6. Internal mobility promotes adaptability. Employees who are familiar with multiple departments and projects are often flexible and better at collaboration. It can provide employees with a much broader perspective about the company’s mission and goals.

Internal Mobility Data Shows Untapped Potential

Managers (49.8 percent) and directors (50.3 percent) are the most likely employees to make internal moves according to internal data from LinkedIn. In contrast, individual contributors only represent 24.1 percent of internal promotions. What can your business take away from that data? People in management positions have cracked the code on how to achieve mobility. How can your company reach a somewhat neglected group of employees with great potential.

Effective Strategies for Internal Hires

Taking a long hard look at the pool of potential mobility hires can yield some interesting data. What you do next can help change the company culture around internal mobility. Consider some of the following strategies:

  1. Track expenses. Explore the ways losing employees affects the company’s bottom line. While it’s true that a departed employee no longer collects the salary and benefits, the cost of an external hire can quickly cover and exceed that number. Look critically at those numbers and determine where your company can save on recruiting costs.
  2. Acquire data. Track the number of employees hired from within. A tool like ApplicantStack can generate reports that show where you’re getting the most quality hires. If the data shows internal promotion is king, use that data to make some changes in the hiring and development process.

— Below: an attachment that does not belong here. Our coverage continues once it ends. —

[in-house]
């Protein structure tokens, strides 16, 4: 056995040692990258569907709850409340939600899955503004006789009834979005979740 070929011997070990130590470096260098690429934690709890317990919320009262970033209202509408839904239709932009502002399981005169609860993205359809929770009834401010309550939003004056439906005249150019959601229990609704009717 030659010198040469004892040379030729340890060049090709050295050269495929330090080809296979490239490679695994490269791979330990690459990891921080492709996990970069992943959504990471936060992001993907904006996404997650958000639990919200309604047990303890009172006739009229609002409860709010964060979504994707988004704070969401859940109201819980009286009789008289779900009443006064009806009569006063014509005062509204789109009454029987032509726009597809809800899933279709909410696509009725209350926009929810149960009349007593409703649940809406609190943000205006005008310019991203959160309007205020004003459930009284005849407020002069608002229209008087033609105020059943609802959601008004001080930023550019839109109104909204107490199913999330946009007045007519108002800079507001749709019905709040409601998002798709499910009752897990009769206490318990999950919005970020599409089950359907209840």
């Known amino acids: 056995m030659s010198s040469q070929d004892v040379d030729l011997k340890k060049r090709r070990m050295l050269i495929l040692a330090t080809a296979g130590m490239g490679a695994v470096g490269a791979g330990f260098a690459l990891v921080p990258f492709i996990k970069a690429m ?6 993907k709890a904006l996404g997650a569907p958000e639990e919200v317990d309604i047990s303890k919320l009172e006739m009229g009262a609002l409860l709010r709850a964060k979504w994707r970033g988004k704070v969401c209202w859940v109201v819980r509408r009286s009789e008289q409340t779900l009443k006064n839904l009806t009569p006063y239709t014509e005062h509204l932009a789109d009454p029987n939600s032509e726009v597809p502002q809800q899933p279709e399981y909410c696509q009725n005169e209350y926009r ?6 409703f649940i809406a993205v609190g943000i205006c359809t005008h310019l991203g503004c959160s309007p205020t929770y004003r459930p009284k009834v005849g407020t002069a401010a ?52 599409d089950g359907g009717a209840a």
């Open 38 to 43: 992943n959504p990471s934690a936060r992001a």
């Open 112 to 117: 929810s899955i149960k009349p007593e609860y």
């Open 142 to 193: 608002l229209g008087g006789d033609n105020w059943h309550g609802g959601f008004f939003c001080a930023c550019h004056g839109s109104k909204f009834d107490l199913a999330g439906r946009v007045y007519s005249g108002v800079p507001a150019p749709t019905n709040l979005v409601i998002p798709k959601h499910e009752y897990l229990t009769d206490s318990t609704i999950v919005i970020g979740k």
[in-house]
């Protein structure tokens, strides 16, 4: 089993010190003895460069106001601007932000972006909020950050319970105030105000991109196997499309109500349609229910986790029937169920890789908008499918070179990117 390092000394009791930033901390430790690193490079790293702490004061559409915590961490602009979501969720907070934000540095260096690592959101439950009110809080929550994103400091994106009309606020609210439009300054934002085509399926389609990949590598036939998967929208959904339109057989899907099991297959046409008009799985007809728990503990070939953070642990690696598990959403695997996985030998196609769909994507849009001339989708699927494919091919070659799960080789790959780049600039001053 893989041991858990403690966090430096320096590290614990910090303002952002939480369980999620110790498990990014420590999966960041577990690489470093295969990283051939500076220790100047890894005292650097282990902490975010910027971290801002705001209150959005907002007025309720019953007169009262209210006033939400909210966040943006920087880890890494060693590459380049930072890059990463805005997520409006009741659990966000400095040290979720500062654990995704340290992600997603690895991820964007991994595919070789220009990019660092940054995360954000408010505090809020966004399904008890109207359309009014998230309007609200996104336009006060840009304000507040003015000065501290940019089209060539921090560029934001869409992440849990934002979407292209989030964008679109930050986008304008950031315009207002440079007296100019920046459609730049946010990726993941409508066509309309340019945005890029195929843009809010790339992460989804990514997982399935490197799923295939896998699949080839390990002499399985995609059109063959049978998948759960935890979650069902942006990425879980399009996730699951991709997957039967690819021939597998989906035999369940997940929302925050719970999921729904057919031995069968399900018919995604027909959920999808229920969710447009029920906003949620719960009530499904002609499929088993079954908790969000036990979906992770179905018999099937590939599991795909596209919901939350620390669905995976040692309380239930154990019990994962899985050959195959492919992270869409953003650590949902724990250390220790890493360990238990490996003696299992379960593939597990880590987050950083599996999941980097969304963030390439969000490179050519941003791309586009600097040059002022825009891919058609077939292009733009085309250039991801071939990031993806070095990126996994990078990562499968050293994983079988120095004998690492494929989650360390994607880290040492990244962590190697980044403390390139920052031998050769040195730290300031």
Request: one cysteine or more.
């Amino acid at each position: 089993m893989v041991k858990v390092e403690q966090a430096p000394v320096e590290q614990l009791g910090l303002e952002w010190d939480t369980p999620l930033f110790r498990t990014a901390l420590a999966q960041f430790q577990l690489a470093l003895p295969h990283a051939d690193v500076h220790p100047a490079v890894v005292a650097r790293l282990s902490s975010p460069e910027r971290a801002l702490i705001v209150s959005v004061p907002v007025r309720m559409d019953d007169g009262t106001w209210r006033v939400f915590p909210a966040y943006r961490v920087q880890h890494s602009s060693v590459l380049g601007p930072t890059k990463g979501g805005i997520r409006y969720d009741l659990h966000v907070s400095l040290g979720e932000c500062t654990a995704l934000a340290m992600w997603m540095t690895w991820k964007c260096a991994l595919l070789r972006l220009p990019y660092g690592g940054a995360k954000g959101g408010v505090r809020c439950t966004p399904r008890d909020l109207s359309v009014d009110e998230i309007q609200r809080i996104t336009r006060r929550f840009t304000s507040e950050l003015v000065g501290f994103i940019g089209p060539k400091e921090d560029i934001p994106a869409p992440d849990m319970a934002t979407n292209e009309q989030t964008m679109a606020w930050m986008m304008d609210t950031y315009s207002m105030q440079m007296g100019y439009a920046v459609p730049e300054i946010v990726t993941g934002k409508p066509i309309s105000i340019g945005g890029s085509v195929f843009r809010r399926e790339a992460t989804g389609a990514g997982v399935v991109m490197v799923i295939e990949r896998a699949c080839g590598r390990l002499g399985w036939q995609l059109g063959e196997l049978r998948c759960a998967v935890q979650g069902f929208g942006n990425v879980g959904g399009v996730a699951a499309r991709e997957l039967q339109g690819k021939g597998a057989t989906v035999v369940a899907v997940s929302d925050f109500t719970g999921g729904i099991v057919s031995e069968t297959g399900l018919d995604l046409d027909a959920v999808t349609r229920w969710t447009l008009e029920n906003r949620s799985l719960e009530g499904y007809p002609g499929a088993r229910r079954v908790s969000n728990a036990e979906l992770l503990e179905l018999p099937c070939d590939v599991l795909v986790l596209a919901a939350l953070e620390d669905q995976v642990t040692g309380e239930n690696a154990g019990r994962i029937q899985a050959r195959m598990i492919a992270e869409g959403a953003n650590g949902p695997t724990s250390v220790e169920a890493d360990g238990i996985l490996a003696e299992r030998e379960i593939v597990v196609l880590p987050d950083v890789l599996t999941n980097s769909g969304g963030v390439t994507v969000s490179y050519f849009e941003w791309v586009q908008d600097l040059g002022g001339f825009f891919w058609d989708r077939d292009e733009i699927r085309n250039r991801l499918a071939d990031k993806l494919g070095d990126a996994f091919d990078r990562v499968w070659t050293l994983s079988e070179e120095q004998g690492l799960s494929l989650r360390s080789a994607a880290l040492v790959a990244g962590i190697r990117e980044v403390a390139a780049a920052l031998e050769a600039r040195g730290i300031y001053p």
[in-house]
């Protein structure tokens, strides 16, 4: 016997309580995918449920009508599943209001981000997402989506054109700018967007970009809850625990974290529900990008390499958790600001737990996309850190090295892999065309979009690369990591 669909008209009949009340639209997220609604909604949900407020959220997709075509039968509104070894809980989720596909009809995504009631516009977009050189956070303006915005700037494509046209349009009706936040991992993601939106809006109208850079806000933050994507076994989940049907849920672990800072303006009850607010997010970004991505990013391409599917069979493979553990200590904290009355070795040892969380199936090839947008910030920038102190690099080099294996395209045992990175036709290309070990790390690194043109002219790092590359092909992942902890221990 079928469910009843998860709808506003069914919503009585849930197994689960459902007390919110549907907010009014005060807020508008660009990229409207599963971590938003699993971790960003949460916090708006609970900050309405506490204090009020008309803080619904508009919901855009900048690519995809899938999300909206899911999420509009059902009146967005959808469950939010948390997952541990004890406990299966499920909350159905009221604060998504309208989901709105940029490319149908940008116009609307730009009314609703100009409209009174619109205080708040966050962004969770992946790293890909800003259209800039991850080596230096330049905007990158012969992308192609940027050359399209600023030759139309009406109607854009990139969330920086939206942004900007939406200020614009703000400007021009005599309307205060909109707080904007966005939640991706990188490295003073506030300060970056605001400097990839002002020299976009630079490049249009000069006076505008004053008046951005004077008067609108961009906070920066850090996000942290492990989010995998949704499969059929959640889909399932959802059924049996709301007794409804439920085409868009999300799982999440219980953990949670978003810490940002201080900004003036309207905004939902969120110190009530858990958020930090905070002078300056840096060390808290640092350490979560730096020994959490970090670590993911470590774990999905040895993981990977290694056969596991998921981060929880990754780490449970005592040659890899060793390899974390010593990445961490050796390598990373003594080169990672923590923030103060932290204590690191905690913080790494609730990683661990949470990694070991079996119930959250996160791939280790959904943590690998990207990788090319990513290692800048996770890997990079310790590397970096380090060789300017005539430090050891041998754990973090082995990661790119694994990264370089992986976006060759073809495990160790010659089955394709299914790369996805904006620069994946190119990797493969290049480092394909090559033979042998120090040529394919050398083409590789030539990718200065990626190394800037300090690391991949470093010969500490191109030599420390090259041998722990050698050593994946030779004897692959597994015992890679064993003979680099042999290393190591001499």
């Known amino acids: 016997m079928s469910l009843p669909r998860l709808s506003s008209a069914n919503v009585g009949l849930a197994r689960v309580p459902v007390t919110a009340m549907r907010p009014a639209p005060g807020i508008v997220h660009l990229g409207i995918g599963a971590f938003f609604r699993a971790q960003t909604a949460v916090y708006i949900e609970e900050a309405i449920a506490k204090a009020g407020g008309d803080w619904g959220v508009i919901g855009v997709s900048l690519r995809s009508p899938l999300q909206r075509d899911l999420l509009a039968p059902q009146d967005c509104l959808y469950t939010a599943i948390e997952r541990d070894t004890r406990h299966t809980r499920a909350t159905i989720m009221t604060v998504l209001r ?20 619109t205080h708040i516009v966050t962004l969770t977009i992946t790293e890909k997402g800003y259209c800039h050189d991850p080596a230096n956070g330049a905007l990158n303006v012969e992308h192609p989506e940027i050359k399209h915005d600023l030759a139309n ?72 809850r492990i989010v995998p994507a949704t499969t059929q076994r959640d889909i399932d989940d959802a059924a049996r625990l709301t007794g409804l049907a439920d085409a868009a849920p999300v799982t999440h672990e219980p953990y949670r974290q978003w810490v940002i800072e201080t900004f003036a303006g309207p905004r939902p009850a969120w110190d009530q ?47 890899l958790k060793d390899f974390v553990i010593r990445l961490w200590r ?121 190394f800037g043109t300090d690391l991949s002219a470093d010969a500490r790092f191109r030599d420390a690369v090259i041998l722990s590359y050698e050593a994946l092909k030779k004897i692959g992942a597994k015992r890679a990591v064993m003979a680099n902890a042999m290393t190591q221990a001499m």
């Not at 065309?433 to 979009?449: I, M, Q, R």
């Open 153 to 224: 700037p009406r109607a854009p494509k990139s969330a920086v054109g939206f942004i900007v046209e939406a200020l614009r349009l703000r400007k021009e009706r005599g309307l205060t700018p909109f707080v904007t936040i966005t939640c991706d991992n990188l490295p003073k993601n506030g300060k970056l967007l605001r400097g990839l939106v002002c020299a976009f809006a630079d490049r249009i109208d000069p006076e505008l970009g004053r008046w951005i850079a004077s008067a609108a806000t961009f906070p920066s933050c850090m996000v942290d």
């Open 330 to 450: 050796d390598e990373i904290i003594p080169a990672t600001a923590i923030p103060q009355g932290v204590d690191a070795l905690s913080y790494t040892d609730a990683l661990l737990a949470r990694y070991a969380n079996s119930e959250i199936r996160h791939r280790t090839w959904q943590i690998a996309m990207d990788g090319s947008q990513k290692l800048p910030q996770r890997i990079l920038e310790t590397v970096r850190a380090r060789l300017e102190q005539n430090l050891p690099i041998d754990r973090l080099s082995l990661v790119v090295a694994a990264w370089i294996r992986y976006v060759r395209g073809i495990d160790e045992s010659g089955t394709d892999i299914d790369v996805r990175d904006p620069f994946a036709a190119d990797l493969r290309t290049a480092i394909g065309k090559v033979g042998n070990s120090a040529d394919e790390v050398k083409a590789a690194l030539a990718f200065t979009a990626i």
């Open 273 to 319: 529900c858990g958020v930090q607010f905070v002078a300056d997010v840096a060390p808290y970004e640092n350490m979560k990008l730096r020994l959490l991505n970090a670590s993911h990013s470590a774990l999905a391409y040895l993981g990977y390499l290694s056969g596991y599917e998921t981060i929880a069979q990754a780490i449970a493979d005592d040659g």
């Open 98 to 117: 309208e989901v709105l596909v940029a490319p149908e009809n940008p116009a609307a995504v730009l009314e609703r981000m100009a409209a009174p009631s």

3. Advertise internally. Consider posting all new jobs internally with wide reach and detailed descriptions.. 
  4. Improve culture. Include questions about internal mobility in performance review meetings. Create a culture where discussion about movement within the company isn’t taboo or discouraged.
  5. Involve hiring managers. Encourage an open-door policy with HR or leadership that allows employees to express their ambitions openly and carve out a path for advancement.
  6. Encourage self-improvement. Invest in internal development such as mentorship, coaching sessions, reimbursement for outside education, or creating cross-training opportunities.
  7. Help workers buy in. Tie long-term company goals to individual employees’ goals in an encouraging and uplifting manner.
  8. Create a “career storytelling” program. This initiative can publically celebrate internal promotion. “Giving workers the necessary opportunities to learn and stretch assignments is one critical step,” according to experts at Deloitte; “giving them a narrative they can model their own careers on is another (and especially important, because it helps raise the sights of those who might not otherwise believe they can move forward in an organization).”
  9. Set up a rewards program. Offer financial incentives for pursuing internal mobility or for providing referrals of quality candidates within the company.

According to Jobvite, 36 percent of recruiters say internal mobility produces their highest-quality workers. For small businesses especially, a strong company culture comes from a workforce united in purpose. The more you find the hidden talent within the walls of your own organization, the more your company can focus on growth and prosperity.